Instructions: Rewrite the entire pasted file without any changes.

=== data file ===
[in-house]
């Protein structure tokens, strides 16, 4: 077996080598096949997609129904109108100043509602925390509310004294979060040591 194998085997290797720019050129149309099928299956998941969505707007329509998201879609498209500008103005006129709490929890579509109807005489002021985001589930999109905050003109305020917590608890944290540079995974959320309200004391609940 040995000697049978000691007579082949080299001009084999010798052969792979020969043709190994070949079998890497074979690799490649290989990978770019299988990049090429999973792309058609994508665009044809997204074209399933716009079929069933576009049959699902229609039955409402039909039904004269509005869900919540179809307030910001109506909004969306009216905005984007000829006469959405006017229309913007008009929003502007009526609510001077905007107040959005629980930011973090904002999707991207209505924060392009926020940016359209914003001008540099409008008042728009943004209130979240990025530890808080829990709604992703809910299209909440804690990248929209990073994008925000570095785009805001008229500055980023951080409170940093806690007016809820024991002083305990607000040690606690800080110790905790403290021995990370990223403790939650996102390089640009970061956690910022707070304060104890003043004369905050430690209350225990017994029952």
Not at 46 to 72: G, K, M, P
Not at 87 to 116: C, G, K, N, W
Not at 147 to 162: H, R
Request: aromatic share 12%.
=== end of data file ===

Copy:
[in-house]
């Protein structure tokens, strides 16, 4: 077996080598096949997609129904109108100043509602925390509310004294979060040591 194998085997290797720019050129149309099928299956998941969505707007329509998201879609498209500008103005006129709490929890579509109807005489002021985001589930999109905050003109305020917590608890944290540079995974959320309200004391609940 040995000697049978000691007579082949080299001009084999010798052969792979020969043709190994070949079998890497074979690799490649290989990978770019299988990049090429999973792309058609994508665009044809997204074209399933716009079929069933576009049959699902229609039955409402039909039904004269509005869900919540179809307030910001109506909004969306009216905005984007000829006469959405006017229309913007008009929003502007009526609510001077905007107040959005629980930011973090904002999707991207209505924060392009926020940016359209914003001008540099409008008042728009943004209130979240990025530890808080829990709604992703809910299209909440804690990248929209990073994008925000570095785009805001008229500055980023951080409170940093806690007016809820024991002083305990607000040690606690800080110790905790403290021995990370990223403790939650996102390089640009970061956690910022707070304060104890003043004369905050430690209350225990017994029952």
Not at 46 to 72: G, K, M, P
Not at 87 to 116: C, G, K, N, W
Not at 147 to 162: H, R
Request: aromatic share 12%.